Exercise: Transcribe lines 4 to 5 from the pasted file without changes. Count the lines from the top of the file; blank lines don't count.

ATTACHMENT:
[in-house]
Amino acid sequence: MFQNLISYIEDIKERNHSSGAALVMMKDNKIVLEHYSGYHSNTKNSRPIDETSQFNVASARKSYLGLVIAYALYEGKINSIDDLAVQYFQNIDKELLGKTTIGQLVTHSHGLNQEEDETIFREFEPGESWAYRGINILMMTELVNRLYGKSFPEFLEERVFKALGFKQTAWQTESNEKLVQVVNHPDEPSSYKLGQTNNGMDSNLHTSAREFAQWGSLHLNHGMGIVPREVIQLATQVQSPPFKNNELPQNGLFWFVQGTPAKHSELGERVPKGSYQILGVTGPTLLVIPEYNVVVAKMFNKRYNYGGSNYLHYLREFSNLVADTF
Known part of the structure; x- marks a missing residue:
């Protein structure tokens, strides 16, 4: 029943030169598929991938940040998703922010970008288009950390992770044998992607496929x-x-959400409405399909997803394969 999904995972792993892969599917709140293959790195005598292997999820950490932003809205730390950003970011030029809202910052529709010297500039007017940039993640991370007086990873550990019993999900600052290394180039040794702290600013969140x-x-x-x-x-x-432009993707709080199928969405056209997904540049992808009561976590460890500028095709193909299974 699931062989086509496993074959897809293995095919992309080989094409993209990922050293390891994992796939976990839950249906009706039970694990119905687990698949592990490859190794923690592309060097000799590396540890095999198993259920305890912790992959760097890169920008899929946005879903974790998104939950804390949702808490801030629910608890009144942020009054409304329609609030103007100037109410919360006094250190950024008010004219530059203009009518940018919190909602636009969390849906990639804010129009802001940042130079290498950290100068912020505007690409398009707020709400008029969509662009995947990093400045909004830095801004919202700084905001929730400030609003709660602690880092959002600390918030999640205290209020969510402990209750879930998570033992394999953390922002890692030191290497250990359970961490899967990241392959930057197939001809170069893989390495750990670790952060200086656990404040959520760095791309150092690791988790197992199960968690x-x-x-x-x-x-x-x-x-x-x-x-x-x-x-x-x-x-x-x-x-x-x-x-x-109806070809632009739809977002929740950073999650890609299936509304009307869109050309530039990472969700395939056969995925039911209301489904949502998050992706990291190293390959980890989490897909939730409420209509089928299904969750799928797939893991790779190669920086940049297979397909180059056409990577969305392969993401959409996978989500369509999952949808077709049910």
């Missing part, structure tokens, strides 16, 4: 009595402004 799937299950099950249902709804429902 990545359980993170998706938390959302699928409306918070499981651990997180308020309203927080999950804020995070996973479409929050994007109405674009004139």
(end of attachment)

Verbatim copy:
């Protein structure tokens, strides 16, 4: 029943030169598929991938940040998703922010970008288009950390992770044998992607496929x-x-959400409405399909997803394969 999904995972792993892969599917709140293959790195005598292997999820950490932003809205730390950003970011030029809202910052529709010297500039007017940039993640991370007086990873550990019993999900600052290394180039040794702290600013969140x-x-x-x-x-x-432009993707709080199928969405056209997904540049992808009561976590460890500028095709193909299974 699931062989086509496993074959897809293995095919992309080989094409993209990922050293390891994992796939976990839950249906009706039970694990119905687990698949592990490859190794923690592309060097000799590396540890095999198993259920305890912790992959760097890169920008899929946005879903974790998104939950804390949702808490801030629910608890009144942020009054409304329609609030103007100037109410919360006094250190950024008010004219530059203009009518940018919190909602636009969390849906990639804010129009802001940042130079290498950290100068912020505007690409398009707020709400008029969509662009995947990093400045909004830095801004919202700084905001929730400030609003709660602690880092959002600390918030999640205290209020969510402990209750879930998570033992394999953390922002890692030191290497250990359970961490899967990241392959930057197939001809170069893989390495750990670790952060200086656990404040959520760095791309150092690791988790197992199960968690x-x-x-x-x-x-x-x-x-x-x-x-x-x-x-x-x-x-x-x-x-x-x-x-x-109806070809632009739809977002929740950073999650890609299936509304009307869109050309530039990472969700395939056969995925039911209301489904949502998050992706990291190293390959980890989490897909939730409420209509089928299904969750799928797939893991790779190669920086940049297979397909180059056409990577969305392969993401959409996978989500369509999952949808077709049910």
């Missing part, structure tokens, strides 16, 4: 009595402004 799937299950099950249902709804429902 990545359980993170998706938390959302699928409306918070499981651990997180308020309203927080999950804020995070996973479409929050994007109405674009004139």